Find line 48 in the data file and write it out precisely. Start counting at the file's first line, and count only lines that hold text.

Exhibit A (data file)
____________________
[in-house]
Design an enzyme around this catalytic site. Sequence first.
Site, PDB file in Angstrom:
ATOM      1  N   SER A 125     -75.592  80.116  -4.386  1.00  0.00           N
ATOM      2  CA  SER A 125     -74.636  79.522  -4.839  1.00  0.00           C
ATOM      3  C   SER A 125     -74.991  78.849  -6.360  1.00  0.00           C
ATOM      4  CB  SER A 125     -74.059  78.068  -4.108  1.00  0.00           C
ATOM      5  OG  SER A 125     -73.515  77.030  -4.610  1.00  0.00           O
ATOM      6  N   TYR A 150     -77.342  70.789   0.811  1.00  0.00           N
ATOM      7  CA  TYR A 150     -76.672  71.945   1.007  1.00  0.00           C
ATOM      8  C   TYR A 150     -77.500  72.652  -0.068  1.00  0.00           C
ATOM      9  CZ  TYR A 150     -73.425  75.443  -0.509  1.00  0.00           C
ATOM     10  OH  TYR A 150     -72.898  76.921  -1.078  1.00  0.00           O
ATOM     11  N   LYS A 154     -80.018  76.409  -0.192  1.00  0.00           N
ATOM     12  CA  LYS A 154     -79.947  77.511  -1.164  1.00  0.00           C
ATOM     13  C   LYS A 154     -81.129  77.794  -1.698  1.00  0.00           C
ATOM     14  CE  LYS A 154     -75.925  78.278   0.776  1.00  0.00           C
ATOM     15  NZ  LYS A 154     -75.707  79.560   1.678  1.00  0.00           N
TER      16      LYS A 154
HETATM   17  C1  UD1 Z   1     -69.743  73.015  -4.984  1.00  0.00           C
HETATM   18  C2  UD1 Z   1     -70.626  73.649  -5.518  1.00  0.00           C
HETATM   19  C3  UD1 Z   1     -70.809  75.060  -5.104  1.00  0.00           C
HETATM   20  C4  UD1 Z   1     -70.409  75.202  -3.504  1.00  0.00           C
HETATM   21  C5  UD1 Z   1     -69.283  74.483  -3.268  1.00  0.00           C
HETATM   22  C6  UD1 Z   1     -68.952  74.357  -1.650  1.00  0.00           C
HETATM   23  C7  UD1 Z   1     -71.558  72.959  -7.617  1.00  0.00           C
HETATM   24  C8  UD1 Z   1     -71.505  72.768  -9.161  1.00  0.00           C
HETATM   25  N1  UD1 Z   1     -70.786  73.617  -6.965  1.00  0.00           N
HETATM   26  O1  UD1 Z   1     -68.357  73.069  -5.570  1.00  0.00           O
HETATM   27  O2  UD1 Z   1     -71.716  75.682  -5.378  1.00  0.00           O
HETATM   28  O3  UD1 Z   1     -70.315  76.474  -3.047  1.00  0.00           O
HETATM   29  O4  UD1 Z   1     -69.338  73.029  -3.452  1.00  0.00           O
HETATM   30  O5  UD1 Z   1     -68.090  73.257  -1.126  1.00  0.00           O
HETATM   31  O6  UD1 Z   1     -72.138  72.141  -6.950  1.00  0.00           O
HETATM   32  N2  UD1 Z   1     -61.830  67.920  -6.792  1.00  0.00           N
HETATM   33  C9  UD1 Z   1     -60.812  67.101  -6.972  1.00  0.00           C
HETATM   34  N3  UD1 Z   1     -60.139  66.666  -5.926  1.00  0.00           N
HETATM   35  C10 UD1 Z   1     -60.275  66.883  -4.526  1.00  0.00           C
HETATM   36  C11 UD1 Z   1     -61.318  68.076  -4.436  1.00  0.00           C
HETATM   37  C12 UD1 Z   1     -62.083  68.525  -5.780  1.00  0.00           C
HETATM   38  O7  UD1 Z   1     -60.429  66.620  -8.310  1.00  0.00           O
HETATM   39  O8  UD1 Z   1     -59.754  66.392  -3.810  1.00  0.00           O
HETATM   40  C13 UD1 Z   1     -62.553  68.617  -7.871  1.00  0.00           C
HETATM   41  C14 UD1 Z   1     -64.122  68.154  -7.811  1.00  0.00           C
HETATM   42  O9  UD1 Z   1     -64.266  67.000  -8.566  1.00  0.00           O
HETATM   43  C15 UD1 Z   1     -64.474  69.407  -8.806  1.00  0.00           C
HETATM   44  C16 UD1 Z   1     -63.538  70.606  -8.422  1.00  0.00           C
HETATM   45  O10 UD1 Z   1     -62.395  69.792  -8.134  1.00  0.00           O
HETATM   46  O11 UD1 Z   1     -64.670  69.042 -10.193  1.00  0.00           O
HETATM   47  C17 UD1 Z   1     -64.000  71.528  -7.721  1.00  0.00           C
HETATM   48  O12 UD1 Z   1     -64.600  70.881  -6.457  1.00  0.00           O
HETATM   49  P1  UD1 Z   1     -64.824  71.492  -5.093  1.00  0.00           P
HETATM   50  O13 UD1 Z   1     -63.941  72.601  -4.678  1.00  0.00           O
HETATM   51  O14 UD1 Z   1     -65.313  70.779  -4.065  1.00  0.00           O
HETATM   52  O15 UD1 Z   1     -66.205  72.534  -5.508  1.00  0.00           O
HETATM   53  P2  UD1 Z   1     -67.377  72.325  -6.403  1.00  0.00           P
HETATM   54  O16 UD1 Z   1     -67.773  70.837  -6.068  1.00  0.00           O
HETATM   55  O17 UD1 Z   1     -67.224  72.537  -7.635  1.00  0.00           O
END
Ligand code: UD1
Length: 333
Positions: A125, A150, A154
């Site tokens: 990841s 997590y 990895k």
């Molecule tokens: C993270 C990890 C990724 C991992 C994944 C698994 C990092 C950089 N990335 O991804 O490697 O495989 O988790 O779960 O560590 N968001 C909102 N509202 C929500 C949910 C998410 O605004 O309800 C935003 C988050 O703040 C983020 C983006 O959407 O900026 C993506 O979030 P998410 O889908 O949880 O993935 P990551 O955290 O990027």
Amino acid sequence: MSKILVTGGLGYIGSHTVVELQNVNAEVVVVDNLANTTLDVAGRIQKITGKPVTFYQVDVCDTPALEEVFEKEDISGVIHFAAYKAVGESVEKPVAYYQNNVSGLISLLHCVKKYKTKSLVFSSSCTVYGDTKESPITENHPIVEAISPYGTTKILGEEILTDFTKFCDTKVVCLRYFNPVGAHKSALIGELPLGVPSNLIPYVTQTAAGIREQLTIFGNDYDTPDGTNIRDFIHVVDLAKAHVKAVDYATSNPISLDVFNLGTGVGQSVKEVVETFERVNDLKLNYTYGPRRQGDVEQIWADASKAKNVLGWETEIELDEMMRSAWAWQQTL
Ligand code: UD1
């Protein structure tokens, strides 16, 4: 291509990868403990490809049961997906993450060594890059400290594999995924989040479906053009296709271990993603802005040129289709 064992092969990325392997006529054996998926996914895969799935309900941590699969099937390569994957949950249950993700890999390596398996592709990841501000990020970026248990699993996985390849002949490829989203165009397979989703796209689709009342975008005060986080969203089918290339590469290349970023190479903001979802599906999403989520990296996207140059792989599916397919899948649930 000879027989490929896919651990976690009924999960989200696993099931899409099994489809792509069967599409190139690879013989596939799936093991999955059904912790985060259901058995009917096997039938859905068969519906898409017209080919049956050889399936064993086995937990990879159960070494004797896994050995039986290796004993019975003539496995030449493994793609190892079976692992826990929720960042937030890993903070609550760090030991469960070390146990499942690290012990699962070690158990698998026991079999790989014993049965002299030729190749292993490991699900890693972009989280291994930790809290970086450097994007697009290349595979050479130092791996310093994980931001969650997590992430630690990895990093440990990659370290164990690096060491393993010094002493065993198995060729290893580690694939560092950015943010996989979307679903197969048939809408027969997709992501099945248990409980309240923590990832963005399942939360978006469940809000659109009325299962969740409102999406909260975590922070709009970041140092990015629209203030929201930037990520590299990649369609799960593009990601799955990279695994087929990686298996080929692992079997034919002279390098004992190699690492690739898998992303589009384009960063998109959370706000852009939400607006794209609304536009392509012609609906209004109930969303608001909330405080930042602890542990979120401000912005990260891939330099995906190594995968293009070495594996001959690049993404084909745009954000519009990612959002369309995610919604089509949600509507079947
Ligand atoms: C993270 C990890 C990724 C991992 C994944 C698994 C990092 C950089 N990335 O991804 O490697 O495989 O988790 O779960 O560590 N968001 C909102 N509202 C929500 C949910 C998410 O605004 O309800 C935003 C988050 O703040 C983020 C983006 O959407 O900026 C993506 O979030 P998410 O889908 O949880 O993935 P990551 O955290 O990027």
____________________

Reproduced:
HETATM   45  O10 UD1 Z   1     -62.395  69.792  -8.134  1.00  0.00           O